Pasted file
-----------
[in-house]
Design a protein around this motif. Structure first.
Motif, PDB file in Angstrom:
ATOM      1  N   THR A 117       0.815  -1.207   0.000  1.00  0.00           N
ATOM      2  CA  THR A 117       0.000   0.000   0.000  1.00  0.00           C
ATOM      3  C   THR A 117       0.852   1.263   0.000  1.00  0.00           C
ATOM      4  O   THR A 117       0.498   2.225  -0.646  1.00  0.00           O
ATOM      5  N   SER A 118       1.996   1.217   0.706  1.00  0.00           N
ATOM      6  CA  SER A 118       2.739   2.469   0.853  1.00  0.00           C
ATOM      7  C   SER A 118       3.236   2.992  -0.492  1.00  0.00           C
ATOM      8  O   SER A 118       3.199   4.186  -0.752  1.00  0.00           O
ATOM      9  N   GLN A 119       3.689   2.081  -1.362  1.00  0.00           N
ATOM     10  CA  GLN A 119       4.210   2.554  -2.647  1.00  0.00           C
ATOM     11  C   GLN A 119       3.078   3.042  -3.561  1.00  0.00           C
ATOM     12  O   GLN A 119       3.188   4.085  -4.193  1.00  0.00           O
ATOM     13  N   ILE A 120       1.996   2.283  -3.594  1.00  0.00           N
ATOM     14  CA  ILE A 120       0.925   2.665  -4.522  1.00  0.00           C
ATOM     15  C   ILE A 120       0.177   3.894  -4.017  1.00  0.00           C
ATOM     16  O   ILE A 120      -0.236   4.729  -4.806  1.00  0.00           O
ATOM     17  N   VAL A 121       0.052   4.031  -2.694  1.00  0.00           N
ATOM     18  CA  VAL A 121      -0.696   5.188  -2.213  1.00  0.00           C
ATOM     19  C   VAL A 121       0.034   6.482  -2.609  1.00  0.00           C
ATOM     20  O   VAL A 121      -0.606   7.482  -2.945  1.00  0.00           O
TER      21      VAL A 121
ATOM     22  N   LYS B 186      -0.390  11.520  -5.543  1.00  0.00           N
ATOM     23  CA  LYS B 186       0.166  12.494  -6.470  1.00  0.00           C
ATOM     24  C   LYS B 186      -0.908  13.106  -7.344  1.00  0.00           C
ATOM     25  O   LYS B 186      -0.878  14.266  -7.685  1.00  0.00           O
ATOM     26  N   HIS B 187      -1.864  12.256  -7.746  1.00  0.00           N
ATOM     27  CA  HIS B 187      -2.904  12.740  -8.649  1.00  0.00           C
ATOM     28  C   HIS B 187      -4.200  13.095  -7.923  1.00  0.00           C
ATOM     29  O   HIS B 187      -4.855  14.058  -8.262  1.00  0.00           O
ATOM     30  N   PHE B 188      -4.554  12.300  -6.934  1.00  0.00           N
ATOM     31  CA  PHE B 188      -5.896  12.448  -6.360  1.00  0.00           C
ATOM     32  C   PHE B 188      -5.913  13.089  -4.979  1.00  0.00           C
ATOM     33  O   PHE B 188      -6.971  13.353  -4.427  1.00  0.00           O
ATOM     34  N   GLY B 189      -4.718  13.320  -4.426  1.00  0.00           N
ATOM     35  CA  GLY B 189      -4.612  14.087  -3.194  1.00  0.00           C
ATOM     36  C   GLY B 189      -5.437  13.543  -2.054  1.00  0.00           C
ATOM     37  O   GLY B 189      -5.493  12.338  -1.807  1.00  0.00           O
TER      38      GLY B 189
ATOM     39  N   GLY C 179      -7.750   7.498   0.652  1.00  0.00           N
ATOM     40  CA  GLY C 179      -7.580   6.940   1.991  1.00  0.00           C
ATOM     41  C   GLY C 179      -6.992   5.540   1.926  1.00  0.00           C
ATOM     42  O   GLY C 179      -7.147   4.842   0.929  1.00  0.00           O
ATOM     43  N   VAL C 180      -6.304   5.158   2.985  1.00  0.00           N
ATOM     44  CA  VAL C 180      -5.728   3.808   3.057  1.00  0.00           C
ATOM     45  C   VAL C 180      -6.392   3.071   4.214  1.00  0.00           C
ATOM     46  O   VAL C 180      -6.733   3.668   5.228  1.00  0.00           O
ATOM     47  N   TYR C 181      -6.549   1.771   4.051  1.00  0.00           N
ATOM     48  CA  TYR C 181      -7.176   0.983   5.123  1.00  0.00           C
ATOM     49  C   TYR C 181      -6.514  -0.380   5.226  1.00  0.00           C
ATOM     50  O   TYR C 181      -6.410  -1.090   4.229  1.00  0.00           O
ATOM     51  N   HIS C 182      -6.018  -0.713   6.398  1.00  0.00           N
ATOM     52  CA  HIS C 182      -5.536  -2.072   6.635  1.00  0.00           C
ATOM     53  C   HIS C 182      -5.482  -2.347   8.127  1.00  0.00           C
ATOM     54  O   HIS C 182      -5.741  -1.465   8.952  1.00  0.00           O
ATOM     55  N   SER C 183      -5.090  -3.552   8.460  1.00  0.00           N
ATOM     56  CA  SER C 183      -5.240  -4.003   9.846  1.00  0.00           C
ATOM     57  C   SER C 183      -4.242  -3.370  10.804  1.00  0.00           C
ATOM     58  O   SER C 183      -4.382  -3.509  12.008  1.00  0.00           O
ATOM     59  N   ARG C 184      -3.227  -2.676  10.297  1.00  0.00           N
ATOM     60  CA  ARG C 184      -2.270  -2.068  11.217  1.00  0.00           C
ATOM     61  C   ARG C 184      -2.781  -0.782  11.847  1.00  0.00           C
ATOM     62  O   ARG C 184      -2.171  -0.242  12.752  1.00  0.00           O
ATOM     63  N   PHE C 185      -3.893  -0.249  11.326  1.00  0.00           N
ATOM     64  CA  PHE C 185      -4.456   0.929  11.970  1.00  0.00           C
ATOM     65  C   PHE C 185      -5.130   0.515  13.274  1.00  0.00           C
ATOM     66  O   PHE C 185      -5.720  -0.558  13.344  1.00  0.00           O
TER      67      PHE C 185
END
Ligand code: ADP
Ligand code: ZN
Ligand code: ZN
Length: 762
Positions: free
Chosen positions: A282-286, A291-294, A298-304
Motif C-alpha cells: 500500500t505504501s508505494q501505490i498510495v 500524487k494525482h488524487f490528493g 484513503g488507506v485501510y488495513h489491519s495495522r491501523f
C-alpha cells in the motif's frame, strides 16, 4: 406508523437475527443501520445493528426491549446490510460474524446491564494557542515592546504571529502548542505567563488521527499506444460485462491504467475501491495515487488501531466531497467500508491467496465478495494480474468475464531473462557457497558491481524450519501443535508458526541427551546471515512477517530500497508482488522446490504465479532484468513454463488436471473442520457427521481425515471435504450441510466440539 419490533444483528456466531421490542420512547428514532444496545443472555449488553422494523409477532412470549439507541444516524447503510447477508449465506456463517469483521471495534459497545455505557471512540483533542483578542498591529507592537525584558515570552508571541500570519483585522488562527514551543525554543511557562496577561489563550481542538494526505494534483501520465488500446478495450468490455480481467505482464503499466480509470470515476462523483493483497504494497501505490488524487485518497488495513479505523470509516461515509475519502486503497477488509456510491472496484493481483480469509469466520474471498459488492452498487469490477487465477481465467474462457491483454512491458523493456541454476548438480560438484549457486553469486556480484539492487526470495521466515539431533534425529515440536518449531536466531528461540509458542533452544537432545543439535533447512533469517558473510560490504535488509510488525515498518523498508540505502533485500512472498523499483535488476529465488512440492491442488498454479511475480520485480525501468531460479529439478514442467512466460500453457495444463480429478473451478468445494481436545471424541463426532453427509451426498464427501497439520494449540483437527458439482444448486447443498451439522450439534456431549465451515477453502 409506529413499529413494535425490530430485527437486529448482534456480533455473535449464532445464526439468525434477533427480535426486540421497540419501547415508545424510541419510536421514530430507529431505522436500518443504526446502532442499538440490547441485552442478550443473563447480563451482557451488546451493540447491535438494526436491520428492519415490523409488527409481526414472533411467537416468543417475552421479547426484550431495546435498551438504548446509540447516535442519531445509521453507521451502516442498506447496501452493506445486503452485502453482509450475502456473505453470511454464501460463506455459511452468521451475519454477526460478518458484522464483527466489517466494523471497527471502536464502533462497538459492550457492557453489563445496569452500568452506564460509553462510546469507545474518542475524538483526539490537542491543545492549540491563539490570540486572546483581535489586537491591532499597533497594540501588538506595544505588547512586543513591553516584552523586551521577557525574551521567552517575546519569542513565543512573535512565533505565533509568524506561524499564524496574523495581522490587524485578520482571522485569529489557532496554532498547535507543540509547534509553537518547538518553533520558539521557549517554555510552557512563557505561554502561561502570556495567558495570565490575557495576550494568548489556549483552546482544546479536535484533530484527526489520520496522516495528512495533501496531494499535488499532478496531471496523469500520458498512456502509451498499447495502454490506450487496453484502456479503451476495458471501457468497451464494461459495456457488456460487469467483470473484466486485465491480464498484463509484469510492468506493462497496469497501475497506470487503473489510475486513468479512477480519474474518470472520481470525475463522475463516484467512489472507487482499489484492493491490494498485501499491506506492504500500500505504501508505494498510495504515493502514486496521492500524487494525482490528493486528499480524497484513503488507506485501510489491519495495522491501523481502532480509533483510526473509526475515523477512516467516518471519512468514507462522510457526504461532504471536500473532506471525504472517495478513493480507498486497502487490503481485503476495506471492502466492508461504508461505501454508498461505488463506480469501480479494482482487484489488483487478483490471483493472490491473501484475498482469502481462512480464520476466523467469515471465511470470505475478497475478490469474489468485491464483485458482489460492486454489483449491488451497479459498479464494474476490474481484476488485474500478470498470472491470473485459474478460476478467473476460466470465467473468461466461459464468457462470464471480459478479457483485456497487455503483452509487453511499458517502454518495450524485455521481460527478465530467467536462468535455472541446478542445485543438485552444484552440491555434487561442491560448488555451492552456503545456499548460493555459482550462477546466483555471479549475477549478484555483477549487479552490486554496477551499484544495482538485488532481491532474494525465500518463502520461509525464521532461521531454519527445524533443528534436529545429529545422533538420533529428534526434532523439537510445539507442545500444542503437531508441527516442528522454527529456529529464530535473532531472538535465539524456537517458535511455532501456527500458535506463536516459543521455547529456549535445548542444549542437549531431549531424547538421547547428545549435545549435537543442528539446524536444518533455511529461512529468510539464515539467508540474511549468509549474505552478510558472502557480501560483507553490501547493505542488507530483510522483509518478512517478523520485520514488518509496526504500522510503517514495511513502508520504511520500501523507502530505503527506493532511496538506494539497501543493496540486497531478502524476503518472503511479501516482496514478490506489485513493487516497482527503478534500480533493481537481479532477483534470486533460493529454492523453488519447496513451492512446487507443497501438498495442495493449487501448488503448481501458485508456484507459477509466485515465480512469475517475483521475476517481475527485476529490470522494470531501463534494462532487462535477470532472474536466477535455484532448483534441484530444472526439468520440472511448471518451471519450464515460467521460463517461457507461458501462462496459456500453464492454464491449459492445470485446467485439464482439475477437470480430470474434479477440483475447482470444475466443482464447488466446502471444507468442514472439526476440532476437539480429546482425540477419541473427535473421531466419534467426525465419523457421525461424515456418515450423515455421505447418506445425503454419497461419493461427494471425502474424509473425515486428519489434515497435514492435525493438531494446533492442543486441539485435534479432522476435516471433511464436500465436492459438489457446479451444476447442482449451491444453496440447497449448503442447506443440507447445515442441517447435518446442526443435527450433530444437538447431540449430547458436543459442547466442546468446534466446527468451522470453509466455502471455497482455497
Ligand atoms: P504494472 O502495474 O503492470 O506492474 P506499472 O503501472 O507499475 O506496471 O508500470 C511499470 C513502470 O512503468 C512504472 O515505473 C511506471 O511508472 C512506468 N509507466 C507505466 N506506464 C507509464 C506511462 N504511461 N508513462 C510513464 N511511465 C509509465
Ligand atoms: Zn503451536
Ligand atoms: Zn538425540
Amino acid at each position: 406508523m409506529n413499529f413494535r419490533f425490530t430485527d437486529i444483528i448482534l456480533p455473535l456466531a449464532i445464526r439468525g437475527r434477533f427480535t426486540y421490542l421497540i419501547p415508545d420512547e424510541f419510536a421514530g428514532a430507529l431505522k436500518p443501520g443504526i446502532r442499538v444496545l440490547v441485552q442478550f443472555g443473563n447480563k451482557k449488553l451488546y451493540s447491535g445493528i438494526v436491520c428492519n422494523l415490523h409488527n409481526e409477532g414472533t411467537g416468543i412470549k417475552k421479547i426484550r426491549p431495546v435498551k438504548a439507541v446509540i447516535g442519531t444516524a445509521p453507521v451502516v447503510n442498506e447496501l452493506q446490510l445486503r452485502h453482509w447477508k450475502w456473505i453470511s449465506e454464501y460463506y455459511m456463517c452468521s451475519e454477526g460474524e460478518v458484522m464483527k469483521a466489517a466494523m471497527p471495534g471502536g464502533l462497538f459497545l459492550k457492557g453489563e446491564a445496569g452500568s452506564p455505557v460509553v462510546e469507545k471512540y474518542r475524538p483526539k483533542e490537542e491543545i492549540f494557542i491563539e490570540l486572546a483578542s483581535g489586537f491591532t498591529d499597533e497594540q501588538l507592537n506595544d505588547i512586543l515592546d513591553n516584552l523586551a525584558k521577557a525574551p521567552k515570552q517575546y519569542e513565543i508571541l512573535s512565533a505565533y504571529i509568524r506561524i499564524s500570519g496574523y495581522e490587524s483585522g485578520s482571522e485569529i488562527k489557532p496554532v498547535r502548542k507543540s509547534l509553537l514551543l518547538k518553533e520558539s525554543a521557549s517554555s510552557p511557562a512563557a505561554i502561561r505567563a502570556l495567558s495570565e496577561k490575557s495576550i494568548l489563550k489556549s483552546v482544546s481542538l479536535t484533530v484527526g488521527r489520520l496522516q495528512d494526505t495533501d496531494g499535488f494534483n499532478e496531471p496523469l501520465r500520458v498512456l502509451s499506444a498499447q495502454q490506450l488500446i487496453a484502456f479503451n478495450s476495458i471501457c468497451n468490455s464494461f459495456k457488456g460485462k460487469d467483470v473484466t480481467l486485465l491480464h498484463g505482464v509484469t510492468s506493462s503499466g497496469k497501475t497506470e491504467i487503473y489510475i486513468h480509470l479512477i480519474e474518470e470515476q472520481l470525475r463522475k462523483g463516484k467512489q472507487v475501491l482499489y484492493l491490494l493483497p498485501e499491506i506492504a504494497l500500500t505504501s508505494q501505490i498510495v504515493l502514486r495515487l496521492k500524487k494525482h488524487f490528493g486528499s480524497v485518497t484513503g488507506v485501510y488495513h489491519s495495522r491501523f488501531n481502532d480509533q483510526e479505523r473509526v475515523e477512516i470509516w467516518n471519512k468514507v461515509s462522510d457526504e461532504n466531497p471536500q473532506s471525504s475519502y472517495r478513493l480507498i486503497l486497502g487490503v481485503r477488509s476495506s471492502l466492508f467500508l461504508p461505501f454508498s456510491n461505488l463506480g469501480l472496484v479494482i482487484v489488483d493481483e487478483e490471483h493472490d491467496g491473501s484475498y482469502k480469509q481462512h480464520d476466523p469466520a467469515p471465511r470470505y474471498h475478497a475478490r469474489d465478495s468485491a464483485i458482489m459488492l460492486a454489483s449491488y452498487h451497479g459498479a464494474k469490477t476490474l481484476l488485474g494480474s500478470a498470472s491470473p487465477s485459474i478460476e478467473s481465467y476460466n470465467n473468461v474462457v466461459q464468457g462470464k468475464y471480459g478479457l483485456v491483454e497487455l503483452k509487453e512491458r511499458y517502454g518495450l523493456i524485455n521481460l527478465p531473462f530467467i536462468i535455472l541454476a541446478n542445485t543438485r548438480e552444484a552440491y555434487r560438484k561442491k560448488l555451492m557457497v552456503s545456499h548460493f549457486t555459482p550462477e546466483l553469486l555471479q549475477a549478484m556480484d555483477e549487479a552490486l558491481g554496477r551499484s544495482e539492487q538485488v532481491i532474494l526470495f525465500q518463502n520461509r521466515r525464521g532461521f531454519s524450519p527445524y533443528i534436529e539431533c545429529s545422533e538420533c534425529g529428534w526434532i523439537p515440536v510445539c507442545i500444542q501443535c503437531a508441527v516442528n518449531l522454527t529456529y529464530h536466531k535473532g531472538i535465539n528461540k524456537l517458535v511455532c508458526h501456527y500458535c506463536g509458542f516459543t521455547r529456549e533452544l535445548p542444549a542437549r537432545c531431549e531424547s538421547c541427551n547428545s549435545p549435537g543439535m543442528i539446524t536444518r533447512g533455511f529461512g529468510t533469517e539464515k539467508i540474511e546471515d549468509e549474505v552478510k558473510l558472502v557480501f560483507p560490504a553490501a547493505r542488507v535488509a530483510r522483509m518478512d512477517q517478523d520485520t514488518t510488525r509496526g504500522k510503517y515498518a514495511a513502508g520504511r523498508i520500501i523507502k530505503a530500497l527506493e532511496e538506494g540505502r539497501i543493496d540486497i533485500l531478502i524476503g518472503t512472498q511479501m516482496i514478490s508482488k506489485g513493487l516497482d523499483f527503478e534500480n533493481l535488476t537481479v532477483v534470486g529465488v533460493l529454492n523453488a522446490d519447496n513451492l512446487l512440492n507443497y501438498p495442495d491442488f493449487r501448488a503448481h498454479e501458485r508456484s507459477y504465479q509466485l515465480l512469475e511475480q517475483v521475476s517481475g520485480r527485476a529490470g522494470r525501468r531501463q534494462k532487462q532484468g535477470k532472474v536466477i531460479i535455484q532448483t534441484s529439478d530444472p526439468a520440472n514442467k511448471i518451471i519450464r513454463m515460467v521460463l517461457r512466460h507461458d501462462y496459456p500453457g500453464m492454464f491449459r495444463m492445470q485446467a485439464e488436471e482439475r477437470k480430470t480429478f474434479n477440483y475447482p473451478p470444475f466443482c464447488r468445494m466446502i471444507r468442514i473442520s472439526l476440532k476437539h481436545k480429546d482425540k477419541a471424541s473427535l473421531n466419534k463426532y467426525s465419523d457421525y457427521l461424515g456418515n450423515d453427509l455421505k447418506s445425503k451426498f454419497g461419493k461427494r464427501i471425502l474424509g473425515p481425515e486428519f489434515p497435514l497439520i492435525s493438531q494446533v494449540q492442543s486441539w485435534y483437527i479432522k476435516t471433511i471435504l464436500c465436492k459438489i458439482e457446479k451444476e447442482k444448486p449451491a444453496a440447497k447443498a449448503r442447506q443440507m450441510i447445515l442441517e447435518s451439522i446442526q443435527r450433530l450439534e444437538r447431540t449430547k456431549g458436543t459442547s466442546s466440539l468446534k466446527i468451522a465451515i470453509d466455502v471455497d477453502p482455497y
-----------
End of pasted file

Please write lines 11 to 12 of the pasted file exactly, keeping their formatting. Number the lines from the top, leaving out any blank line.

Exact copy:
ATOM      8  O   SER A 118       3.199   4.186  -0.752  1.00  0.00           O
ATOM      9  N   GLN A 119       3.689   2.081  -1.362  1.00  0.00           N